A couple of minutes ago, the Head of School for my daughter's Montessori school sent around the link to a YouTube video on one person's view of the comparison between traditional education and Montessori education. Whenever I see something like this, I think about how much Montessori education has meant to us as a family. My daughter spent her first year at Montessori last year, and being a child with anxiety issues which effect everything that she does, we were and are stunned by the changes that have occurred over the year. I give most of this credit to her. She has grown so much, and has taken on the challenges the anxiety presents to her with incredible strength and perseverance. But I also credit the school, the Montessori method, and her wonderful teacher. So much so that I have made it my mission to do as much as I can to help the school grow and flourish, so that it is available to her, to us, for as long as possible.
But I also compare the Montessori method of teaching to my parenting style, and vow to make changes. Then life happens, I make much smaller changes than I intend on, and life continues as is.
So today I am going to vow, again, to make some changes at home, that loosely reflect the Montessori method at school. Here are my thoughts.
First of all, I am going to ask the children to take on more of the responsibilities for making the house run smoothly. I started to do a little of this. Such as occasionally asking them to set the table. More frequently, asking them to bring their dishes to the sink. When I am with them at pj time, sometimes, I set the pjs in front of them, and ask them to get themselves changed, rather than doing it for them. I am going to try to be more consistent with this, and have it become part of the routine. I also plan to ask the children to complete one load of laundry every Saturday, from washing through putting them away. This will have the added (sighs) benefit of forcing me to have the dryer empty, and the laundry baskets empty as well!
I have gotten a bit lazy about making the kids, for example, turn the tv off during lunch. I have mixed feelings, and that is obvious because some days I reinforce this rule, and other days, I don't. I find myself feeding my kids sometimes, while they lounge on the couch. Yikes! I am going to try something new: when we are home, I will ask the children to turn off the tv, to set the table, and to help prepare and serve lunch. I don't think it will be a big deal to them. They are pretty easy-going, and I have always found that kids work well with routine.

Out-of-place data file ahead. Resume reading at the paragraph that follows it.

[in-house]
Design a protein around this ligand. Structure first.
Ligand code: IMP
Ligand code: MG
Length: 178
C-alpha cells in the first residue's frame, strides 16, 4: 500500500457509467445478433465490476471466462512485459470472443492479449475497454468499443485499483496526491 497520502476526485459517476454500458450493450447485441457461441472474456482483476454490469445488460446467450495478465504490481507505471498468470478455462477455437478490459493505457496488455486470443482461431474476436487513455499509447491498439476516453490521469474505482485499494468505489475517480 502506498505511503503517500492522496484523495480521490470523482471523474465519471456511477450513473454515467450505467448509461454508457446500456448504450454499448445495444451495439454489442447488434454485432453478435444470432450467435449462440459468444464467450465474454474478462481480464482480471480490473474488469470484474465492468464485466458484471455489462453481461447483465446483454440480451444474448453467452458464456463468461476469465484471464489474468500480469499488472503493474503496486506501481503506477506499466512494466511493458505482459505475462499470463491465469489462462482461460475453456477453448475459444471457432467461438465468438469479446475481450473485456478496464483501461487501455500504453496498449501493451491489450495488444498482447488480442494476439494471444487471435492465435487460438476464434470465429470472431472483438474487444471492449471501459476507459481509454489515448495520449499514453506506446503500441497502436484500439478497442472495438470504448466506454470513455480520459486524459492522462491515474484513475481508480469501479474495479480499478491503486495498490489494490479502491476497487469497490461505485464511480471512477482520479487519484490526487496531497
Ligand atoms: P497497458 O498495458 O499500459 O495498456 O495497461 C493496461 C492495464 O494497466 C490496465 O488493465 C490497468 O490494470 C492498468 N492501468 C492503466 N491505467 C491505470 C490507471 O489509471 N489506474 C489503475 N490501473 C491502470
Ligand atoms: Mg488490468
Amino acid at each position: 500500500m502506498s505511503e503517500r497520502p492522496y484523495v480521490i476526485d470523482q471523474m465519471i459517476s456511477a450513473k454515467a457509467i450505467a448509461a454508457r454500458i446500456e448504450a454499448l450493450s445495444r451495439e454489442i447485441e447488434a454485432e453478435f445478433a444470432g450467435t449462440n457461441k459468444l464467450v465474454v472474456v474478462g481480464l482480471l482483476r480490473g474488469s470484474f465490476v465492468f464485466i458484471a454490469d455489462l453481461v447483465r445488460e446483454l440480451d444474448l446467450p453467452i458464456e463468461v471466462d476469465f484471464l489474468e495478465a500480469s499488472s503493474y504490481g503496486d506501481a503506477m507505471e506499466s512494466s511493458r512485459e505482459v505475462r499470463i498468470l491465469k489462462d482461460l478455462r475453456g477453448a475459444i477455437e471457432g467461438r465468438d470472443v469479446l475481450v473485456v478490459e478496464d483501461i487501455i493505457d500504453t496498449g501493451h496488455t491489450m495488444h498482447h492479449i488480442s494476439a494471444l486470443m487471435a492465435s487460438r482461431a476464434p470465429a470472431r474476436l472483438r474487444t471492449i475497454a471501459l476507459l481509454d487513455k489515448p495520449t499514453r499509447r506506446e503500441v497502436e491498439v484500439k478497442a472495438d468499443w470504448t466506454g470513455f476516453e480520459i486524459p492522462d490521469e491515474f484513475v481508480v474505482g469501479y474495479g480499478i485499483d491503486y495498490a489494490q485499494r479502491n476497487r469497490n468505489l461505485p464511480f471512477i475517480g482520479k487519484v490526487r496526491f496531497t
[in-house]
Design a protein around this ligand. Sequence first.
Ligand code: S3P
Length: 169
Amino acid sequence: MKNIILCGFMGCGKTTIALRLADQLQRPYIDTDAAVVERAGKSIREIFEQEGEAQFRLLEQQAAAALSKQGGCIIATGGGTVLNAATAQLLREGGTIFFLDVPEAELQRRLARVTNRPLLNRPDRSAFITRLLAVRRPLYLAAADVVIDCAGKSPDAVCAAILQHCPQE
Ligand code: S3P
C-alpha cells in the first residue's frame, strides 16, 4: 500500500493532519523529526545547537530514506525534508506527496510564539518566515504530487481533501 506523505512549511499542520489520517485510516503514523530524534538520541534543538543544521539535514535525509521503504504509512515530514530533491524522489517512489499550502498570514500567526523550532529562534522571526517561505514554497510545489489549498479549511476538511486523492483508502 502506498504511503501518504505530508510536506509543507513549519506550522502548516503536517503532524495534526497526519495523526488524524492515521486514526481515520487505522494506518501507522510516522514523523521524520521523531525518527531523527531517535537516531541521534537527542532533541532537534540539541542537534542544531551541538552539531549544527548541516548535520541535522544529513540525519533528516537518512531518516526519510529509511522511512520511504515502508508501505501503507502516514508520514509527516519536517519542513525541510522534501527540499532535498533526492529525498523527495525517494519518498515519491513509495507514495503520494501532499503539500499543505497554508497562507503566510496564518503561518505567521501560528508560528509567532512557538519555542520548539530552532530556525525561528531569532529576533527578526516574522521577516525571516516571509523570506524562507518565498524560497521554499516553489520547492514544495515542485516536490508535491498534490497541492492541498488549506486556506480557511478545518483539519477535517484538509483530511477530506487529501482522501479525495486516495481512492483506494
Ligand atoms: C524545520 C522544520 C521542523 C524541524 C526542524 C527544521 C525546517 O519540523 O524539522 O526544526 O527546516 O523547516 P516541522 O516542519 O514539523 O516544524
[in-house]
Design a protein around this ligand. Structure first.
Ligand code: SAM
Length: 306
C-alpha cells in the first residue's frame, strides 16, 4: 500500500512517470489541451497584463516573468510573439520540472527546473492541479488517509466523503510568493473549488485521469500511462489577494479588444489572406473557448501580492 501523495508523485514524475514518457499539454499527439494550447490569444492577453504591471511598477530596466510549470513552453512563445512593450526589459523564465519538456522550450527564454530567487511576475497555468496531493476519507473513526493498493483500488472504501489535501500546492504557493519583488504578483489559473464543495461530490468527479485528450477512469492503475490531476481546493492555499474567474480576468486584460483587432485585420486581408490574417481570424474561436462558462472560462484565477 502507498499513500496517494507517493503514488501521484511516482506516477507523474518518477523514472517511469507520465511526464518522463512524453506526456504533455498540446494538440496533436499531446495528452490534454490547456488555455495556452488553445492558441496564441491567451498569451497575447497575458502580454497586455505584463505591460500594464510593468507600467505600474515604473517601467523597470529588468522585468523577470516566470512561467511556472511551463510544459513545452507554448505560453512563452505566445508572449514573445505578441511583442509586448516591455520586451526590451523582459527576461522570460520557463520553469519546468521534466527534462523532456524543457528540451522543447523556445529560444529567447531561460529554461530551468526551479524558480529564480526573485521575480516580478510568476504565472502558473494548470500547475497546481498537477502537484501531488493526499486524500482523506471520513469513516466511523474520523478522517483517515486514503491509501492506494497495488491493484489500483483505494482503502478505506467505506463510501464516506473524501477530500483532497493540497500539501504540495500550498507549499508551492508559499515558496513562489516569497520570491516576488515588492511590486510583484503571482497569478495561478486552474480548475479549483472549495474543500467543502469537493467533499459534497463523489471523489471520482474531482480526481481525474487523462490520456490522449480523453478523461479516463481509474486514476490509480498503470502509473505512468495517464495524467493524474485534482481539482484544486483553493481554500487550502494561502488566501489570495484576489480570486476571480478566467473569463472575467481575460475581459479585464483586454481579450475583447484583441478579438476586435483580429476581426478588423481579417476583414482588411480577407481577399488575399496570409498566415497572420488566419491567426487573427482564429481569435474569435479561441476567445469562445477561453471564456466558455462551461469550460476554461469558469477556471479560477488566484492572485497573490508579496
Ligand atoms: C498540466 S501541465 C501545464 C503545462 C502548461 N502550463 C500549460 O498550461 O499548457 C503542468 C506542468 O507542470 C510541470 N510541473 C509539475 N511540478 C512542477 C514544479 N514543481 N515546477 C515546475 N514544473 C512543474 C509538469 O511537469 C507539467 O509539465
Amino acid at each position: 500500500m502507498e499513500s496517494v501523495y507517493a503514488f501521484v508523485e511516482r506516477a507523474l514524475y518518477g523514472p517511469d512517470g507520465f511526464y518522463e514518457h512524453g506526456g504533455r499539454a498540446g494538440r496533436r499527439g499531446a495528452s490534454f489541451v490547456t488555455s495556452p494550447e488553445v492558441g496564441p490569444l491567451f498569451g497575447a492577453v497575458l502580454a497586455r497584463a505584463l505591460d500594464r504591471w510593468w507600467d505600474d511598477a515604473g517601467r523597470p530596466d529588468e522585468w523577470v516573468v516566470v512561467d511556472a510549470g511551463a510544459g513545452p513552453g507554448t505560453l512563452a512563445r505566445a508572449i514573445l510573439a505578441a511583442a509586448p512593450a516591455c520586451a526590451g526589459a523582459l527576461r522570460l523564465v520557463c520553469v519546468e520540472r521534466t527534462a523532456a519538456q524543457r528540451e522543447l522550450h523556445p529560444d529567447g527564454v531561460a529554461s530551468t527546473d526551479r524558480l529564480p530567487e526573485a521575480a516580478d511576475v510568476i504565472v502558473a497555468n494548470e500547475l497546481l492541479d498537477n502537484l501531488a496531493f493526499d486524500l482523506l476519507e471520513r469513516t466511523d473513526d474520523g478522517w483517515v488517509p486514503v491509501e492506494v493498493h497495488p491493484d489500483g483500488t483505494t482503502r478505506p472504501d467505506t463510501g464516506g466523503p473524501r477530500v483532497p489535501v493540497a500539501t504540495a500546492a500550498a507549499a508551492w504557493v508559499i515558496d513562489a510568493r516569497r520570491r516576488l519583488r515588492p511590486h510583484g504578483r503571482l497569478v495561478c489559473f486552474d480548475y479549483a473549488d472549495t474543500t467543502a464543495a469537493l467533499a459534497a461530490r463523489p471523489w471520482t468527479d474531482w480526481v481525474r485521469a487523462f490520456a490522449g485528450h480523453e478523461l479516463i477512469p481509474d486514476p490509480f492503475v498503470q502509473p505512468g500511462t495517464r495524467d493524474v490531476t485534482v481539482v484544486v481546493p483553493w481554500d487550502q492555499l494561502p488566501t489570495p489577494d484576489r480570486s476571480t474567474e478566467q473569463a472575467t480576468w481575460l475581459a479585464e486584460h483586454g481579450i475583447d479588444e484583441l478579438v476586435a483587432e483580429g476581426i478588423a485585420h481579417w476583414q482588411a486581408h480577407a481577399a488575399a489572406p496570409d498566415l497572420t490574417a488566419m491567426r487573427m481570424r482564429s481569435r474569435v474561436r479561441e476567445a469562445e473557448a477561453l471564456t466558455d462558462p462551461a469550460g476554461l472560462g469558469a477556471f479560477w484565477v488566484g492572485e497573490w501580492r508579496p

My daughter works on reading every day, because she is too timid (Selective Mutism) to read out loud at school. I need to figure out how to work the Montessori method into this as well. She hates reading, and it can be a giant struggle getting her to focus. This is a hard one for me to figure out, because Montessori suggests that children should learn at their pace, yet at the same time there is concern that she'll fall behind for her grade level, and that it would be noticeable to her. So I force her to study every day. She'll complain, but then she'll realize she can read something while we're out and about, and she's obviously pleased by that. So .... anyhow, I stick to my guns with that, despite her protests. On the other hand, she loves the workbook work we do, so maybe I should allow her to do just workbook, which does involve some reading. Though that doesn't feel like enough. I don't know. I just want her to be in a place where she feels confident in the classroom, despite her shyness, and that means work at home.
Anyhow, I'll start here, and see how things go.
How to wrap
2 years ago